Basis Watch Is Step Up in Trackers: Rich Jaroslovsky
Forget about the struggle for eyeballs, or mindshare. The real body-part battleground these days is your wrist.
The last year has seen an explosion in wearable devices designed to monitor your activities and sleep, and urge you on to healthier habits: the Jawbone UP, Nike+ FuelBand and Larklife, to name three recent examples.
Now a new entrant in the sweepstakes has upped the ante. It’s the Basis B1, a band that tracks everything the others do, tracks some things they don’t, and tells time, too.
Most activity trackers are built around a motion sensor called an accelerometer, the same thing that detects when you turn your smartphone sideways. In a fitness band, it can measure things like the number of steps and, through body movements, how long and how deeply you sleep.
The Basis, which costs $199, has one of those. But it also has an array of other sensors on the back of the watch to monitor your heart rate, perspiration and skin temperature throughout the day and night, allowing for more detailed data.
The information is combined with an easy-to-use website and soon, the company promises, mobile apps to provide tracking and continuous encouragement.
While the Basis won’t be mistaken for a fashion statement, it isn’t much more obtrusive than a conventional digital watch. The sensor module is black, but it comes in a choice of black or white wristbands, and is light enough to be worn comfortably day and night. (The company has plans for more stylish bands a bit down the road.)
Since it’s water-resistant, you can wear it in the shower or when washing dishes. About the only times it needs to come off are when you’re swimming or using the included proprietary bracket that connects to a Windows PC or Mac USB port to upload data and charge the watch.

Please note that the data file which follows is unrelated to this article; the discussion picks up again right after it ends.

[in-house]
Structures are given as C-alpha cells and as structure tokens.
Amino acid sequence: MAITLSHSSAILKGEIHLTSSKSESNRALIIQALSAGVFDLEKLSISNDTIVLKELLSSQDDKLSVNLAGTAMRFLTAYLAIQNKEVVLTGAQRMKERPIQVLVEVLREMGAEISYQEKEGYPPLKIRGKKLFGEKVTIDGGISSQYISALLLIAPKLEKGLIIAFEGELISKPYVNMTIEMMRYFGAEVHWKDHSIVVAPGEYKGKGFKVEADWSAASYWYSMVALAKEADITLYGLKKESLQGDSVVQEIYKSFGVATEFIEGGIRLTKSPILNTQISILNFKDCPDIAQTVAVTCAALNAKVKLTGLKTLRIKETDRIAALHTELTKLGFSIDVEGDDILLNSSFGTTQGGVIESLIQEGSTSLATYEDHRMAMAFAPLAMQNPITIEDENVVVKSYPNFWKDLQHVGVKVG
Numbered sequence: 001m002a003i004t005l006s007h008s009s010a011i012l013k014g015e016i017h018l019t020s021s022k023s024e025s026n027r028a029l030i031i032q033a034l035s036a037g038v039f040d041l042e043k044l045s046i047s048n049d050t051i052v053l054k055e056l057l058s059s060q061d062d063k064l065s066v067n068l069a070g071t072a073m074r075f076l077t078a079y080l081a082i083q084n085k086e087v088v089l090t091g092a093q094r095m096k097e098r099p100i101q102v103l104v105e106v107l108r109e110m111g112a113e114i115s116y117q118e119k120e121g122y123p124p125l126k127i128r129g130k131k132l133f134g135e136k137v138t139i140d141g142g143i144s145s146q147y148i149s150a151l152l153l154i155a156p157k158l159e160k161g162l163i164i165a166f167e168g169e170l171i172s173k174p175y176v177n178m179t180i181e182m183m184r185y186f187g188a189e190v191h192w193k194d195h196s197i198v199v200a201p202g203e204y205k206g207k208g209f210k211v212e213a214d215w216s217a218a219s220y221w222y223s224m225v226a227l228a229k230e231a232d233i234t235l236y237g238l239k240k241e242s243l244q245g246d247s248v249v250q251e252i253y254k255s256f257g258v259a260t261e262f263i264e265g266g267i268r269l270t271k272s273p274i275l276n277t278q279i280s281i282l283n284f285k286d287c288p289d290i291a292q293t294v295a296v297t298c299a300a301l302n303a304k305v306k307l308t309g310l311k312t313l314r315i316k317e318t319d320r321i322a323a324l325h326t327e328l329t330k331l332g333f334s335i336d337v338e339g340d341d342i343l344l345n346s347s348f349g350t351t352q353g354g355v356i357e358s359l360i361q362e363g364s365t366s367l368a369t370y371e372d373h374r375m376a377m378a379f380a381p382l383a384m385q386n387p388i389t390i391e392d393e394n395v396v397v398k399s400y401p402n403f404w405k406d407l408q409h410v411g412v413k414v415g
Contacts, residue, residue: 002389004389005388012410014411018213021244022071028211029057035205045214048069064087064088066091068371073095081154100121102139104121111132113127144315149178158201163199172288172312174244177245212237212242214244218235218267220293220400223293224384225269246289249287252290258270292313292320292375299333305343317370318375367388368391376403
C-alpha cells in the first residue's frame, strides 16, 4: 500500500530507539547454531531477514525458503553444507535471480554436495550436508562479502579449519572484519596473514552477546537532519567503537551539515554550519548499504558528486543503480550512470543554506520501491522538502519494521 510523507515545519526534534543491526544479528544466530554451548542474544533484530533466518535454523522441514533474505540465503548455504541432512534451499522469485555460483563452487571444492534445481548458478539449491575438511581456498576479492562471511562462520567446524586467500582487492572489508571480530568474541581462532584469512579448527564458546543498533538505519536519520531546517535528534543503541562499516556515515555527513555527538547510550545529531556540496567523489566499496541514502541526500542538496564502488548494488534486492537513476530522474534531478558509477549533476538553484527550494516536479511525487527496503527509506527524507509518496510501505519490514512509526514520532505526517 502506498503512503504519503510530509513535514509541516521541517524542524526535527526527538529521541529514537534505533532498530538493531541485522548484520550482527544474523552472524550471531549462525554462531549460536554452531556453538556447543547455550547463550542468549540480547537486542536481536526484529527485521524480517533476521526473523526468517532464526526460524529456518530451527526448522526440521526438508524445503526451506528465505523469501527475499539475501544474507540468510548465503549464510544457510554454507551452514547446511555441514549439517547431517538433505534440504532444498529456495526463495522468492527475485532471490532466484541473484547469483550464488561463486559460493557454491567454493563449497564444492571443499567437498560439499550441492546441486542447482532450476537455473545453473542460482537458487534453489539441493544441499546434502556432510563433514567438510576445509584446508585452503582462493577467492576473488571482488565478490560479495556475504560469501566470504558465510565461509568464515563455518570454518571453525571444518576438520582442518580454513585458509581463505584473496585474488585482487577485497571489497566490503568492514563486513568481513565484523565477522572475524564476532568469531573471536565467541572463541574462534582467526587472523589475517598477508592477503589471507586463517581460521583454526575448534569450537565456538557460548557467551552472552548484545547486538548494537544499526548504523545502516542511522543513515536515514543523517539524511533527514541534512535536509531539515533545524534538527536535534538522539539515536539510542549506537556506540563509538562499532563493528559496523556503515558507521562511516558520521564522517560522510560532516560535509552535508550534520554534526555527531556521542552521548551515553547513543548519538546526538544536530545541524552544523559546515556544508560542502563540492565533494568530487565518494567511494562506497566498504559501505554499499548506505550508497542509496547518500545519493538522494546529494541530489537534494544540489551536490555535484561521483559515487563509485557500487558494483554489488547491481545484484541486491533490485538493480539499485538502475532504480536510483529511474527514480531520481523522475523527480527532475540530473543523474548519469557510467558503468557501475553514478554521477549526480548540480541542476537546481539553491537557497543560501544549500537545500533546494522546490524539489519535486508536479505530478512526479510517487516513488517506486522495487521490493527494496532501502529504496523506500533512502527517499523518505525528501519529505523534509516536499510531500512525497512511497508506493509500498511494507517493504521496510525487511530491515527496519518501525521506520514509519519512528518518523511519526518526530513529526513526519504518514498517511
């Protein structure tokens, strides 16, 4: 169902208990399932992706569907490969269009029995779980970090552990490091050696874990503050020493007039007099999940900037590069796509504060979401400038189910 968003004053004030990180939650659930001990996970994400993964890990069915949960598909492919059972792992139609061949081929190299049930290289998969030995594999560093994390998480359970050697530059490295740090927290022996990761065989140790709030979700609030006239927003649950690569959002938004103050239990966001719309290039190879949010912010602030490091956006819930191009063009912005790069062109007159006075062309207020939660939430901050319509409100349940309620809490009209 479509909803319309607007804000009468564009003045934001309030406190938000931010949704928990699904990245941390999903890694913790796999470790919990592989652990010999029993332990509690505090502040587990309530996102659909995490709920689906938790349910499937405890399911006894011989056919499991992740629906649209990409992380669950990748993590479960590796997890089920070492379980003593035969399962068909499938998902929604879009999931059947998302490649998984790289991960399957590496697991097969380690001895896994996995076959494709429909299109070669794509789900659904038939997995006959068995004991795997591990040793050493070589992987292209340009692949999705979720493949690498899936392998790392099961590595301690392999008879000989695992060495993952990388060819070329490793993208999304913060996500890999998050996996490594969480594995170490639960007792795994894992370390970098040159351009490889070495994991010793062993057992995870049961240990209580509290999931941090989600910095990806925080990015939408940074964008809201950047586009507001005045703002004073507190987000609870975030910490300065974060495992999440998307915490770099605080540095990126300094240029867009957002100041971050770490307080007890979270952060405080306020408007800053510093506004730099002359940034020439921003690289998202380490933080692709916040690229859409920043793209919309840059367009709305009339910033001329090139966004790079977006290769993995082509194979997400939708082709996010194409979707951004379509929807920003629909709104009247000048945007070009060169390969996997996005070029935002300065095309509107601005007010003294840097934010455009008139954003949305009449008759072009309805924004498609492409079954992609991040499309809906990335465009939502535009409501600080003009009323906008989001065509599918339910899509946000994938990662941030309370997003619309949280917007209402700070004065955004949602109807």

While you’ll get the most out of the band if you sync and recharge it once a day, the company says a charge will last four days, and the device can store up to seven days of data.
The game-like website is integral to the device. Through it, you establish healthy targets that, as you achieve them, award you points that you use to unlock ever-more challenging goals.
Basis started me out with the lowest of goals, awarding me points simply for keeping the watch on. I then set up a few myself: taking at least 6,000 steps a day, for one, and trying to adopt a consistent, reasonable bedtime, for another. (No more 11 p.m. “Seinfeld” reruns.)
As I began to meet those targets, I was able to establish additional ones: moving around more during the day, burning more calories and the like. Tapping the watch’s screen gave me real-time updates on how I was doing.
But the Basis is about more than just goals. Once I uploaded a few days of data, I could take deeper dives into my information to find patterns.
For example, while the watch isn’t a substitute for a dedicated heart monitor for cardio activities, I was able to compare the levels of exertion between a circuit-training workout Saturday and a stationary-bike session Sunday.
I also learned I get more sleep than I thought -- perhaps because the Basis, unlike competing devices, is smart enough to sense when I doze off and doesn’t have to be manually set in a sleep mode.
Though I generally found the watch a welcome companion, the screen could be hard to read when I just wanted a quick glance at the time. And it lacks the silent-alarm feature found on the Jawbone UP and Larklife, among others, that awakens you by vibrating without rousing a still-sleeping partner.
I also sometimes received error messages when I attempted to upload data from the watch, even though the transfer was successful. (The error messages appeared in both the Windows and Mac versions of the software.)
The principal shortcoming is the lack of mobile apps, which the company says will be soon remedied: It’s promising delivery for phones using Google’s Android operating system next month, and for Apple’s iOS shortly thereafter. When they launch, the watch -- which is equipped with Bluetooth -- should be able to wirelessly transfer your data without need for the bracket-to-computer connection.
The market for wearable technology is just getting started. There will be more wellness gadgets, smartphone companions like the much-buzzed-about Pebble watch, and, if you believe the speculation, even a new Apple device all competing for wrist space.
Good thing we’ve got two of them.
(Rich Jaroslovsky is a Bloomberg News columnist. The opinions expressed are his own.)
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